The changes are helpful to an extent, but fail to eliminate the cause for concern. S. 1630 still mandates a special fine structure applicable only to organizations. The fines for organi- zations are four to ten times higher than those for individuals and range up to $1,000,000. While Chapter 22 provides guidelines for the courts to use in imposing fines, their amount is likely to vary widely from jurisdiction to jurisdiction and judge to judge, even for similarly situated companies, given the range of the amount which may be imposed.3

Moreover, the language of Section 2202(b) which is intended to limit the pyramiding of fines may prove ineffective. The statutory language contains an important caveat: fines may not be aggregated "for different offenses that arise from a common scheme or plan, and that do not cause separable or distinguishable kinds of harm or damage." The "separable or distinguishable" harm clause is capable of a broad reading. For instance, prosecu- tors could claim, as they have in civil actions enforcing the Federal Trade Commission Act, Consumer Product Safety Act, and similar regulatory statutes, that each alleged violation causes separate and distinguishable harm. Since the harm is separable, multiple fines are permissible. Even if the government does not ultimately prevail on such a claim, it may plausibly prosecute it in order to gain settlement leverage over a company. Thus, further consideration of this provision is in order.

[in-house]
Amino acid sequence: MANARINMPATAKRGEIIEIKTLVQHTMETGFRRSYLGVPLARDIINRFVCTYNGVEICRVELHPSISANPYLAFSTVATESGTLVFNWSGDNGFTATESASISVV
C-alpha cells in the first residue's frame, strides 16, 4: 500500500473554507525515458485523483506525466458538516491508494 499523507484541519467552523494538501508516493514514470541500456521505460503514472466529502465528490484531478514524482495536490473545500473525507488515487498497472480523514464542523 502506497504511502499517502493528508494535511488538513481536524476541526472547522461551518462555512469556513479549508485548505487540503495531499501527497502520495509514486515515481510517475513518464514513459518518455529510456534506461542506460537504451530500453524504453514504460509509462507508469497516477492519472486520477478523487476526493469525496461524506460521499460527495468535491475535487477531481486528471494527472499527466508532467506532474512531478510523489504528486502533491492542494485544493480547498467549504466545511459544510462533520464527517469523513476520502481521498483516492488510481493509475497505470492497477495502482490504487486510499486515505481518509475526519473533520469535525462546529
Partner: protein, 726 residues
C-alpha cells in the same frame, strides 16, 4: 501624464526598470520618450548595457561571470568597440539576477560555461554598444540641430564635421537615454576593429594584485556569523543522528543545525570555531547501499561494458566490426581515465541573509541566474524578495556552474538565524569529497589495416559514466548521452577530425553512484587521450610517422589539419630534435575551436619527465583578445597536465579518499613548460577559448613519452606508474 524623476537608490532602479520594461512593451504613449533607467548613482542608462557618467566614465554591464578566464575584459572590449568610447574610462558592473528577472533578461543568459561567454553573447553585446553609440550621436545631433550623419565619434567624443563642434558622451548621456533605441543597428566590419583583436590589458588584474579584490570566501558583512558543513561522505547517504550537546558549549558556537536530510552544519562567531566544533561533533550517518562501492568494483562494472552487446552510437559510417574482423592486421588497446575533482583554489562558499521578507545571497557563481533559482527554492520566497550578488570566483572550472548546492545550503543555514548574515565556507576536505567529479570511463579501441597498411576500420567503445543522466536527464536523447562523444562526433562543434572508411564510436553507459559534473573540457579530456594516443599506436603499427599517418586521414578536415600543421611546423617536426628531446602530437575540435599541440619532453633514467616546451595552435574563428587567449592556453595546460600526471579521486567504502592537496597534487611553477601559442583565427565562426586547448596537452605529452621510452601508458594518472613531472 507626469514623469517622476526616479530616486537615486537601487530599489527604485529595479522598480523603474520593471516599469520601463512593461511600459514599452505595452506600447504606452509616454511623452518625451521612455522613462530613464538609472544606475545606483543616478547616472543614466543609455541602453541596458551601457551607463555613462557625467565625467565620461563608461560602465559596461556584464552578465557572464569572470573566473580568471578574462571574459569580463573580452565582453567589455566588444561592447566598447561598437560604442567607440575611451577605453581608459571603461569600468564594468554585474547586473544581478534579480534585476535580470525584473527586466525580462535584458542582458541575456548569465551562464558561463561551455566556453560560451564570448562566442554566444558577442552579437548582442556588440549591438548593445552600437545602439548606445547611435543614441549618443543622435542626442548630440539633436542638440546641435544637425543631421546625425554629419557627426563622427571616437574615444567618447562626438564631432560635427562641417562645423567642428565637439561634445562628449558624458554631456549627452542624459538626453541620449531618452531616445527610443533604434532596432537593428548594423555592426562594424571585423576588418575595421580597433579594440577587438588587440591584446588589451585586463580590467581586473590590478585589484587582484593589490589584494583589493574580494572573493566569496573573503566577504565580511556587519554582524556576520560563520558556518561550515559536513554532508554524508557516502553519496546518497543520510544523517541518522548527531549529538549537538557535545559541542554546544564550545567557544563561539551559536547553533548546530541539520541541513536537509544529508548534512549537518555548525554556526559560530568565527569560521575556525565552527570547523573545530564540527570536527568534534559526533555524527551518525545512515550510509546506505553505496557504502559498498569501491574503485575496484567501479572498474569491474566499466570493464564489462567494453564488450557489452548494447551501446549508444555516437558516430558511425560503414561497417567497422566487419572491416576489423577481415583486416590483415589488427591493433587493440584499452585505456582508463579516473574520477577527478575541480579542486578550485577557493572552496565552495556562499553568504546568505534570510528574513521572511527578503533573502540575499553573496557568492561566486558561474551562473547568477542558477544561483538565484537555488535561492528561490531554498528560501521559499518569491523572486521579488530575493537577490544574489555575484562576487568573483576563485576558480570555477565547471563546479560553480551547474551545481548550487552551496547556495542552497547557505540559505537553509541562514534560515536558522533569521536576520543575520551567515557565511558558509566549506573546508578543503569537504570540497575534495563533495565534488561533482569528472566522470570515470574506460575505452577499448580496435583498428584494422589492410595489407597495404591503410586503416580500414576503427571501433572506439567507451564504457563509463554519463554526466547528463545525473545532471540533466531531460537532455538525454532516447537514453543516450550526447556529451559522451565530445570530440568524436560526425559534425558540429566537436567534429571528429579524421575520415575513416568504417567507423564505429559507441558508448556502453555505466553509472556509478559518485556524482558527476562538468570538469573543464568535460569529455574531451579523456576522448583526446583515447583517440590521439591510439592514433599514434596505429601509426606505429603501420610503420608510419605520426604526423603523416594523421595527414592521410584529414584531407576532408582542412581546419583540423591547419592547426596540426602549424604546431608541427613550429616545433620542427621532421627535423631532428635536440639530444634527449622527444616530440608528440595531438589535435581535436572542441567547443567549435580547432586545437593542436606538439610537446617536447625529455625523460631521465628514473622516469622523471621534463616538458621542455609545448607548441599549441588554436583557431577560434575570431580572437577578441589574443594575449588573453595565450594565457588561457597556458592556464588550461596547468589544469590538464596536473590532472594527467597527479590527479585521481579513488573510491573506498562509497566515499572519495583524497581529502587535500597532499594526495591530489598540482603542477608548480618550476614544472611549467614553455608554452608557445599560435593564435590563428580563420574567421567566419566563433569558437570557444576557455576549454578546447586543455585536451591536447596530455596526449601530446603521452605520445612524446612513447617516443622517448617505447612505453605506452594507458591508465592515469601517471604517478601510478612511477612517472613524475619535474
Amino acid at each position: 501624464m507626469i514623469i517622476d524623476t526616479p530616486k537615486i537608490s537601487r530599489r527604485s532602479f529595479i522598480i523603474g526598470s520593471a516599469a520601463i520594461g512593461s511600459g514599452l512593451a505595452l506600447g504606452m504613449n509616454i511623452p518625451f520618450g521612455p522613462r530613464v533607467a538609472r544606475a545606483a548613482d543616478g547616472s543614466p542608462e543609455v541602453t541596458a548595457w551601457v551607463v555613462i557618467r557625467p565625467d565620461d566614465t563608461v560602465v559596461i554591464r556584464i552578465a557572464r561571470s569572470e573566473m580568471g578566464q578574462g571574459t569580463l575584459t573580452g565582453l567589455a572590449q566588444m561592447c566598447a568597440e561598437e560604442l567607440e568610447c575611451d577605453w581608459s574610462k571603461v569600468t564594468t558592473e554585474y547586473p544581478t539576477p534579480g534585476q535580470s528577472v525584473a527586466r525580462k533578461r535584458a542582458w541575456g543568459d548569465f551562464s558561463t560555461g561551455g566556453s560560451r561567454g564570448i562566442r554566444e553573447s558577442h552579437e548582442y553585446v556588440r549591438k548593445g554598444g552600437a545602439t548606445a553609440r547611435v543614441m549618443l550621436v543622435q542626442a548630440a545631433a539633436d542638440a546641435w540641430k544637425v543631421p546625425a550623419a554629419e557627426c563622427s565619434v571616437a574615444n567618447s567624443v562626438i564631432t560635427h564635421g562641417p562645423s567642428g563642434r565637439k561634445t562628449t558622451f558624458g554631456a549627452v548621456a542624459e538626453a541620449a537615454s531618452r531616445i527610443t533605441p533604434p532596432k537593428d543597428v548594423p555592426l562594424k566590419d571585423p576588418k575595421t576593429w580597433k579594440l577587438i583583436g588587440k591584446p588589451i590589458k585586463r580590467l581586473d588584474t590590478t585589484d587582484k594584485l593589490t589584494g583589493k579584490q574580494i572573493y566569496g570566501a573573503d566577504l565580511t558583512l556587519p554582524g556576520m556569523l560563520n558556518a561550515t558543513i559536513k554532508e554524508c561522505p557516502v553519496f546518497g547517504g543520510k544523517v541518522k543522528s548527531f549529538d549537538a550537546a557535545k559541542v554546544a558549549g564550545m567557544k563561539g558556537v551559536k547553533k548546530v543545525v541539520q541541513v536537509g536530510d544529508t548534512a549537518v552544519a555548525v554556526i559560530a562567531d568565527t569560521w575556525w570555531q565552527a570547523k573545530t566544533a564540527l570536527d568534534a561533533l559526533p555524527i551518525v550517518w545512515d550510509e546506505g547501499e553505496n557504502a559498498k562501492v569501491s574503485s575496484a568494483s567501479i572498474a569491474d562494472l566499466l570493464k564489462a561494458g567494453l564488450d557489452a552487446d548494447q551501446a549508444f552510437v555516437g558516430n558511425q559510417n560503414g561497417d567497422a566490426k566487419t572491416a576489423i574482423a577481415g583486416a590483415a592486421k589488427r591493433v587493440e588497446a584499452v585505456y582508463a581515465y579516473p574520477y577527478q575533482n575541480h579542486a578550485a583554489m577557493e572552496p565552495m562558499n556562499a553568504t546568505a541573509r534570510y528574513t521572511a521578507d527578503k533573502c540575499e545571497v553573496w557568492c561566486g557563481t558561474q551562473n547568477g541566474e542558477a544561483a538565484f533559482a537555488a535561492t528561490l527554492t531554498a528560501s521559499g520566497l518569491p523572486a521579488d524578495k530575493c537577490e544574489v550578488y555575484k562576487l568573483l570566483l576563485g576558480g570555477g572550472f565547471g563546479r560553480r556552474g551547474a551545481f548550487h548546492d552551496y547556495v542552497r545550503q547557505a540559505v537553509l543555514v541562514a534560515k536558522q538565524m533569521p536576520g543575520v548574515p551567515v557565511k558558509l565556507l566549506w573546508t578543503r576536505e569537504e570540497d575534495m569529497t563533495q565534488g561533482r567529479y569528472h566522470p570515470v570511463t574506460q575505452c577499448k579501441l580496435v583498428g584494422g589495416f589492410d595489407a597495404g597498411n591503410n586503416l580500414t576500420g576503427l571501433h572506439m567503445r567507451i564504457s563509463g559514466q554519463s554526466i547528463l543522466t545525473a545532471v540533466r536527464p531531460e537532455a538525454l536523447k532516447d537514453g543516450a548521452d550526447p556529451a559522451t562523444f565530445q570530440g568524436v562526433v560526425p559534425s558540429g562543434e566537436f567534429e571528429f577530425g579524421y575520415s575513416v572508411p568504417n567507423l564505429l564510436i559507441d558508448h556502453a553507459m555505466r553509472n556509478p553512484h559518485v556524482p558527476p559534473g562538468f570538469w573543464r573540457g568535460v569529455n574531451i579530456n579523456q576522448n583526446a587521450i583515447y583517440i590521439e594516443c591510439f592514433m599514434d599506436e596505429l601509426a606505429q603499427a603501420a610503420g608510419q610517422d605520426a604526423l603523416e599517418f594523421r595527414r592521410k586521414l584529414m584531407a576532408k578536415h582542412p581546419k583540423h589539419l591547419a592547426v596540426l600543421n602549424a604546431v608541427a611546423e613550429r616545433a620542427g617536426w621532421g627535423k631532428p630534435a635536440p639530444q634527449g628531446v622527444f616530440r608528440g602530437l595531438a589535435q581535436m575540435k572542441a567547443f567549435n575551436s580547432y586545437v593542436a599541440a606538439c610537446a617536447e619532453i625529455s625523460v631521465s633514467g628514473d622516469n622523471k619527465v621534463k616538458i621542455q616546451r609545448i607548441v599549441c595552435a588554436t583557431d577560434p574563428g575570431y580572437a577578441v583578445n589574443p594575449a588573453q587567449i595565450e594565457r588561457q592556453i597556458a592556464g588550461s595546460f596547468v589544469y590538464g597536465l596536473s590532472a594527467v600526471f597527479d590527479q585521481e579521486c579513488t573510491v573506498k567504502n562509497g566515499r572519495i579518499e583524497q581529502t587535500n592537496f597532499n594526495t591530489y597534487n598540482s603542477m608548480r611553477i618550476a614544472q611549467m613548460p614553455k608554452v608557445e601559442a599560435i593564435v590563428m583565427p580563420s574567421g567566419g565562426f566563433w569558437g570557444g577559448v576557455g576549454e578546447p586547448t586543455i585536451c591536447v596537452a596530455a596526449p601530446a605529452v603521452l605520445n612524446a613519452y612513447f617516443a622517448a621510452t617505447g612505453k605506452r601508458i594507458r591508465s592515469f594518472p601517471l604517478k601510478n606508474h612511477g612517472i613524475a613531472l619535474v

Section 2004, which provides for criminal forfeiture of property when a defendent is convicted of racketeering-related offenses, also poses a threat to business. While the provision is no doubt intended as an enforcement tool for use against organized crime, subsection (b) allows for protective orders that could devastate innocent businesses when read in conjunction with the broad, general definitions of racketeering activities in Chapter 18.

Section 2004(b) states that a court may 11[a]t any time after the arrest of the defendent ... enter a restraining order or injunc- tion .... require a performance bond, and ... take such action as is in the interest of justice, with respect to any property that may be subject to criminal forfeiture." A businessman erroneously indicted for racketeering could be plausibly subjected to and destroyed by the discretionary use of protective orders that limit the conduct of his business. Hence, consideration of ways to mitigate the potential for abuse of this section seems in order.


The preceding examination of selected provisions of the "Criminal Code Reform Act of 198111 does not exhaust the potential

3 - Proponents of the bill argue that S. 1630's provision for a Sentencing Commission will preclude abuse. While we disagree with their assessment, we do not argue the point here. problems in the bill for either the business community or the general public. It serves to demonstrate, however, that provisions of the legislation are problematical. It also serves as a spring- board for considering several important questions about the nature and content of the current debate over criminal code reform including whether the debate as currently conducted is serving the public interest.